You save up for an attractive but still affordable humidor, searching online until you find one that’s a hundred bucks but looks like it’s worth twice that. Once it arrives, the seal seems good, and the hinges are made of brass. You season it as instructed, store your stogies, and when you smoke a few times a week, everything seems to be fine. But then your humidor can’t keep its humidity level sustained. Inside a month, your stogies are dry, on the cusp of being ruined.

What happened?

When it comes to humidor quality, there are some very important aspects to consider regarding construction and materials. As mentioned, the seal plays a significant part of how well your humidor performs. And the second is the use of that all-important Spanish cedar for the interior lining. But when a manufacturer says a humidor is made with Spanish cedar, take the time to learn its actual thickness. It’s a detail that’s oftentimes overlooked. 

Spanish cedar lining in your humidor is functional–it’s not just there for looks and smell. But just because the humidor you’re eyeing has Spanish cedar inside doesn’t mean you should buy it. It’s important to understand why your humidor should have Spanish cedar that’s the right thickness. 

Why Spanish Cedar?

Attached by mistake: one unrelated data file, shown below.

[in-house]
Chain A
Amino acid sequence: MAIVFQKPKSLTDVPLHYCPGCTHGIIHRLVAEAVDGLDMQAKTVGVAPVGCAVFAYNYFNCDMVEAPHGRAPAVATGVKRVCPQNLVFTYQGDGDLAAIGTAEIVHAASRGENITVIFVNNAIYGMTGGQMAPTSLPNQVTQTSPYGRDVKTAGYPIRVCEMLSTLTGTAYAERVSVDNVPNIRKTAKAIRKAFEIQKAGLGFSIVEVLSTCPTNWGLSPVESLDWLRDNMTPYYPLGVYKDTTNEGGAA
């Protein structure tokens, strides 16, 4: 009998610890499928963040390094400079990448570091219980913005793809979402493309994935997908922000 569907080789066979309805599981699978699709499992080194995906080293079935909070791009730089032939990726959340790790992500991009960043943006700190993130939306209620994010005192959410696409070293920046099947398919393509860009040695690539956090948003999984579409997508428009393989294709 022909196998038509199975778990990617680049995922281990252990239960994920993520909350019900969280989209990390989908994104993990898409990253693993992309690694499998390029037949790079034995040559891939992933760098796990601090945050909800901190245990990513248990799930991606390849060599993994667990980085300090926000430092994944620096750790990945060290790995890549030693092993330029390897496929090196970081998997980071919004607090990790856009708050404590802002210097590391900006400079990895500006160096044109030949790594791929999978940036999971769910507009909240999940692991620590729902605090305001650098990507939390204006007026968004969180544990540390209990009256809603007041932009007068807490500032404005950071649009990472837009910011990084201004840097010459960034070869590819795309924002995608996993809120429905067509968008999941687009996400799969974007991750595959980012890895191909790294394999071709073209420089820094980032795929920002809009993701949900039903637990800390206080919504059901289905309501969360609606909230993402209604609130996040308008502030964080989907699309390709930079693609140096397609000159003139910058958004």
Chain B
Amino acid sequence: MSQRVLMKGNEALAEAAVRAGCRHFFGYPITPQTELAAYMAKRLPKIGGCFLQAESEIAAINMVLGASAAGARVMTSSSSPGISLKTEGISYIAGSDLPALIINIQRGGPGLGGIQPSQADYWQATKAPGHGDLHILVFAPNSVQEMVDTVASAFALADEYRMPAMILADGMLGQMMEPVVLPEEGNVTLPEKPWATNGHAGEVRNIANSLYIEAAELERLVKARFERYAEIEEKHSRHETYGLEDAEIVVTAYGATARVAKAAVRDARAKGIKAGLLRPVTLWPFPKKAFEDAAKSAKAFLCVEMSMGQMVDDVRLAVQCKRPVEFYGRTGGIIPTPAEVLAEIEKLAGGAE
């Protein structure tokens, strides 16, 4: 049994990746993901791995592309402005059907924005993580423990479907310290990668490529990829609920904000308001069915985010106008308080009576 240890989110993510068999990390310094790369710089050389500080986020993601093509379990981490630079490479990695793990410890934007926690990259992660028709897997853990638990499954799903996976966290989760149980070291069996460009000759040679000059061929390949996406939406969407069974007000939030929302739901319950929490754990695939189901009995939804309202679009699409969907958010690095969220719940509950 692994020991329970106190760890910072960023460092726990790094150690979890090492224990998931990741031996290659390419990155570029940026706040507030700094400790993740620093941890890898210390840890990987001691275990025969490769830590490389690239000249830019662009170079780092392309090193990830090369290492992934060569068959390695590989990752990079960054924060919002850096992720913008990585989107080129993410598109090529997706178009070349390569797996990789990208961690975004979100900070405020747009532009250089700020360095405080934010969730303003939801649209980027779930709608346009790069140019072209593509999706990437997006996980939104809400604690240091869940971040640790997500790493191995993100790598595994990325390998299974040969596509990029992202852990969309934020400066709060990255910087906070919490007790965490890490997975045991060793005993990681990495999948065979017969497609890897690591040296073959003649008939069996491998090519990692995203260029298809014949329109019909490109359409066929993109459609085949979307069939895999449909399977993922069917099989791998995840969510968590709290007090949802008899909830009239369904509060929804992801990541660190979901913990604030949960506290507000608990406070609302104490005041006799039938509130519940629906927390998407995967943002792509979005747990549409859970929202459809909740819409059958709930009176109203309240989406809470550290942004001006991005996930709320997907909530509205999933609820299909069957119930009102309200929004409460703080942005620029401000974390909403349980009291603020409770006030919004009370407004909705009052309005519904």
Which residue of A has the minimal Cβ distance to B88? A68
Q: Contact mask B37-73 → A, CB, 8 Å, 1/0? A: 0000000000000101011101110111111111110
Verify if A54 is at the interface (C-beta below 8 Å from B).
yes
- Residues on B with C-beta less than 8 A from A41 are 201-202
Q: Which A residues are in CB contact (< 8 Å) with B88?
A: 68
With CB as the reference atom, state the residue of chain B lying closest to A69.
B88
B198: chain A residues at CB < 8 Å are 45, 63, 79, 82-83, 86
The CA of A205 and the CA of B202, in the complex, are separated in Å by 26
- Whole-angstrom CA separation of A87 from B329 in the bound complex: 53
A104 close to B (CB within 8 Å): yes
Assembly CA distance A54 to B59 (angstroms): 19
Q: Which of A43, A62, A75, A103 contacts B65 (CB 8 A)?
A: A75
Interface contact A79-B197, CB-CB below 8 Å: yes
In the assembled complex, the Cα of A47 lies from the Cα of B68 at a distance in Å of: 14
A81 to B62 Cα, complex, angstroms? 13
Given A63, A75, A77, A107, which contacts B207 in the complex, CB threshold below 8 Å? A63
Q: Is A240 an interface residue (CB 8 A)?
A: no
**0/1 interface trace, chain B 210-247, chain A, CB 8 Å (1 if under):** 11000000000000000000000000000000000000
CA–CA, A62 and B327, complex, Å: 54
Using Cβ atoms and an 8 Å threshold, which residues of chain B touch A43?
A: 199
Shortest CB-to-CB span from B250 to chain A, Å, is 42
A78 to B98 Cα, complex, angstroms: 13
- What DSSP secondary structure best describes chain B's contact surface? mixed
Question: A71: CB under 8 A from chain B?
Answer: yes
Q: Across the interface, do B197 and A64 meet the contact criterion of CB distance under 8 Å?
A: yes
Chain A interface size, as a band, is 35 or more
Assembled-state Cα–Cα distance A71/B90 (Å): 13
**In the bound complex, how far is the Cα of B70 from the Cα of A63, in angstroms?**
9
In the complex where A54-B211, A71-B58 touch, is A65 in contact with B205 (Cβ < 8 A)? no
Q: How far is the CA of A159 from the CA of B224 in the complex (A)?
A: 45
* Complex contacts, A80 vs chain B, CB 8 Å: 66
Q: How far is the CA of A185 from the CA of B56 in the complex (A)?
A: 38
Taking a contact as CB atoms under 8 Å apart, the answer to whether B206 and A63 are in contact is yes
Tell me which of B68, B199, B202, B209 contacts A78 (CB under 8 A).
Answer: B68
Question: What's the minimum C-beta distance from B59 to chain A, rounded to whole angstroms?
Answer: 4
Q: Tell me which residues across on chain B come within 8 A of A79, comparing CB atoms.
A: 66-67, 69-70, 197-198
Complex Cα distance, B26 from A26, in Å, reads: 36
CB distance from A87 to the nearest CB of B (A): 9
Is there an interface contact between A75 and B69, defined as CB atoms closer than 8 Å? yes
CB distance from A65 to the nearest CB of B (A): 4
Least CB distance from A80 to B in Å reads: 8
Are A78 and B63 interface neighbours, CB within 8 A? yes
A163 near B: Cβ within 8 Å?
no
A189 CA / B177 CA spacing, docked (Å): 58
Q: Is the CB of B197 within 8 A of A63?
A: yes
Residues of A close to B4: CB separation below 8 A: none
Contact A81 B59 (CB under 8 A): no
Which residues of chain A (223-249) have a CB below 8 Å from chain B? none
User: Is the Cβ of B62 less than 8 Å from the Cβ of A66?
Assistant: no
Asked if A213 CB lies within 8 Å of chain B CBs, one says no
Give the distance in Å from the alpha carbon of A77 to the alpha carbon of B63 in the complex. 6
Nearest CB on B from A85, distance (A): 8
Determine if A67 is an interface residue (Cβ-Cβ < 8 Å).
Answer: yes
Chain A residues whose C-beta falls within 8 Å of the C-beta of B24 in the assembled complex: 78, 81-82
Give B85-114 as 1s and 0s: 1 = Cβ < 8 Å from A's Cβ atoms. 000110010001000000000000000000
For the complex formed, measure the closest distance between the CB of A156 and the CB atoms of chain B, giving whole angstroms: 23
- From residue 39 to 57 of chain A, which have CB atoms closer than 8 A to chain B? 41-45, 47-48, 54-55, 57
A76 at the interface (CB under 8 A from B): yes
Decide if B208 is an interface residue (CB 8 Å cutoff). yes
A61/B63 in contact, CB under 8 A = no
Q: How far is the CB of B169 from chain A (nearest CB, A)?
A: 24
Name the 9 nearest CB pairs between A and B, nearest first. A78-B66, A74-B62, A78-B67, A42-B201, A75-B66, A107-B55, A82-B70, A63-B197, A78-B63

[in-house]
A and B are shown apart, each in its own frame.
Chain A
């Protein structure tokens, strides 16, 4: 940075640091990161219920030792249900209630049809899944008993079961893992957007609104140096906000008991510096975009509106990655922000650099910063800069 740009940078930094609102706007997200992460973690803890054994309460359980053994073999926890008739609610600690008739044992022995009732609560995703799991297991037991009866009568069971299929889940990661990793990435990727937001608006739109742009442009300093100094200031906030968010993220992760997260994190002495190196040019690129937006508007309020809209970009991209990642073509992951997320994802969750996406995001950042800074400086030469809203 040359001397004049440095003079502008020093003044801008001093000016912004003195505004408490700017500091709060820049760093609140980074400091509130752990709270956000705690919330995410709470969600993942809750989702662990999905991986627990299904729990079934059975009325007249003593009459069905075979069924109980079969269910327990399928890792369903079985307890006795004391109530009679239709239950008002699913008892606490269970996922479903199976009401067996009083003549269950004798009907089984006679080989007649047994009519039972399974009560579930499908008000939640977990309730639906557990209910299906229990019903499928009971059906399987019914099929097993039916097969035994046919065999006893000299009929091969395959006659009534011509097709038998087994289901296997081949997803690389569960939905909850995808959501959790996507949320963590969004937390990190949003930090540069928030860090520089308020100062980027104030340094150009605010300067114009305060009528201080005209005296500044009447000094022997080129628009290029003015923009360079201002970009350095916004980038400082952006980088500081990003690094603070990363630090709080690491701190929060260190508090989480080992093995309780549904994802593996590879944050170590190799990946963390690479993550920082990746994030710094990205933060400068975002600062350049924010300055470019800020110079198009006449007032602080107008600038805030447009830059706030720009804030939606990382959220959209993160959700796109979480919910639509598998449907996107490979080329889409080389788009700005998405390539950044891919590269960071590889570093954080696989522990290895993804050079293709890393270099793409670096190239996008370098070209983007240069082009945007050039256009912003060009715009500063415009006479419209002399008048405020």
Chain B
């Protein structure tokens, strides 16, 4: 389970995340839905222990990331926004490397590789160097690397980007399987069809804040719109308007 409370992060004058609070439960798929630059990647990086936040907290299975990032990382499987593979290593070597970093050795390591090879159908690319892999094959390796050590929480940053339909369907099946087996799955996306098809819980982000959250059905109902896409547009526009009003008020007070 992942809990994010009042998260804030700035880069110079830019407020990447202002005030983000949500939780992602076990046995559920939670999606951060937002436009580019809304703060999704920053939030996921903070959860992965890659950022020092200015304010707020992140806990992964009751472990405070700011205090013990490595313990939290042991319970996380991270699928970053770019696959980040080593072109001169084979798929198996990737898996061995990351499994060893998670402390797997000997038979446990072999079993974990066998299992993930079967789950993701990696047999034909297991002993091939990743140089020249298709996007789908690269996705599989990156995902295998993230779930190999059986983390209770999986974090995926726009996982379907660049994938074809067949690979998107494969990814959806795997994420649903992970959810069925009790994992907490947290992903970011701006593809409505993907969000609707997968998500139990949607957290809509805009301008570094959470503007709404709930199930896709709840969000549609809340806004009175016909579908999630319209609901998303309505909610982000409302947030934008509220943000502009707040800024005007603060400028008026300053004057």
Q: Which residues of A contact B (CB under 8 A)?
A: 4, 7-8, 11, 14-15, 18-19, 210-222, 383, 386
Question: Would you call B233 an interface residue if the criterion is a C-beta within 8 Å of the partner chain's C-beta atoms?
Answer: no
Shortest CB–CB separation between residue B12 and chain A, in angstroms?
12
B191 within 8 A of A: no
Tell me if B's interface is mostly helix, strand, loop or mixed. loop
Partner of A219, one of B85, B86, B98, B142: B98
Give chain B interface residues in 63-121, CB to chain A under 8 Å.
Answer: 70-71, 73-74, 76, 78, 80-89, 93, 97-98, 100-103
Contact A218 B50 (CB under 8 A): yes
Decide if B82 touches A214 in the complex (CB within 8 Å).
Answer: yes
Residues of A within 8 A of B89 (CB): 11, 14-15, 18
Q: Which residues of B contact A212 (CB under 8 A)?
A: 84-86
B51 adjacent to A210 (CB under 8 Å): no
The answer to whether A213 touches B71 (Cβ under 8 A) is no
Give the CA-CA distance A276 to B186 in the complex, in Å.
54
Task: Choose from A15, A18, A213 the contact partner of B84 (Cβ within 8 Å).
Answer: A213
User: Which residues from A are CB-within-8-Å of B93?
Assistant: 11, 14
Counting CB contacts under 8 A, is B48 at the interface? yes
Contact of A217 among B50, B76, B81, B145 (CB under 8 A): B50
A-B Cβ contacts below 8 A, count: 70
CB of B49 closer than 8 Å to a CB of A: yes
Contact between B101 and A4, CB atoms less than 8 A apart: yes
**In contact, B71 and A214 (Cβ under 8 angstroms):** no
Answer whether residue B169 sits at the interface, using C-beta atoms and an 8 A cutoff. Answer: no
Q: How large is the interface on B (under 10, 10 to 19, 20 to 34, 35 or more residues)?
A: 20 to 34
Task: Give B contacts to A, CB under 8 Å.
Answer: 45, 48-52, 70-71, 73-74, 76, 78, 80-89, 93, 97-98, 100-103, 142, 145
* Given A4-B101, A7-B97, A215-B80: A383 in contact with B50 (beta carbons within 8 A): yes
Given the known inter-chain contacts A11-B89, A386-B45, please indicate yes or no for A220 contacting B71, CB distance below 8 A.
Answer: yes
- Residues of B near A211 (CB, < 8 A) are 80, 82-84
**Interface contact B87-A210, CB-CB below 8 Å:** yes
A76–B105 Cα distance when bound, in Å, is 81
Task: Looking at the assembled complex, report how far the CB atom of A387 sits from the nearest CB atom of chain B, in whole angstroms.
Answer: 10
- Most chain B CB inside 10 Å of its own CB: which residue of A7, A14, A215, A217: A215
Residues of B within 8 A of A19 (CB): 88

Most humidors worth their salt will use Spanish cedar for the interior, primarily because of its impressive and wide swath of properties that few other wood possesses: It resists mold, deters tobacco beetles, absorbs moisture when humid, and releases moisture when dry. 

Your humidor’s exterior might be made from different exotic woods, but this is often done for aesthetic purposes and has little to do with functionality. What matters when it comes to humidification is the lining where you’ll actually house your cigars. Here, Spanish cedar is king. 

While some manufacturers use American/Canadian cedar or even Honduran Mahogany, neither of those woods provide quite the same properties as Spanish cedar, which actually comes from South America. Those important properties include:

  • Excellent moisture absorption and retention
  • Humidity stability
  • Low propensity for mold to occur
  • Aids in the aging of cigars
  • Protection from tobacco beetles 
  • Enhances tobacco flavor
  • Low odor

But the mere fact that your humidor is lined with Spanish cedar (it says so in the manual!) doesn’t mean it’s enough to keep your cigars properly humidified. You may have the right set of  humidor accessories including a built-in humidor digital hygrometer and a top-tier humidifier, but if the Spanish cedar lining is thin, none of those accessories is going to save your bacon.

How Thick Should It Be?

Thin Spanish cedar might ok and smell good, but it doesn’t do enough to retain the relative humidity (RH) of your humidor and keep it stable. Most affordable humidors out there on the market tend to use cedar veneers that don’t do much beyond imparting that cedar smell when you crack open the humidor. 

Thin veneers are often as insignificant as .2mm thick, which isn’t nearly enough wood to hold moisture. Furthemore, it won’t retain this humidity over time. Klaro humidors each have 5mm thick veneers–nearly five times the thickness of cheap humidors. This level of thickness means your humidor (after proper seasoning) will retain between 65 and 72 percent humidity consistently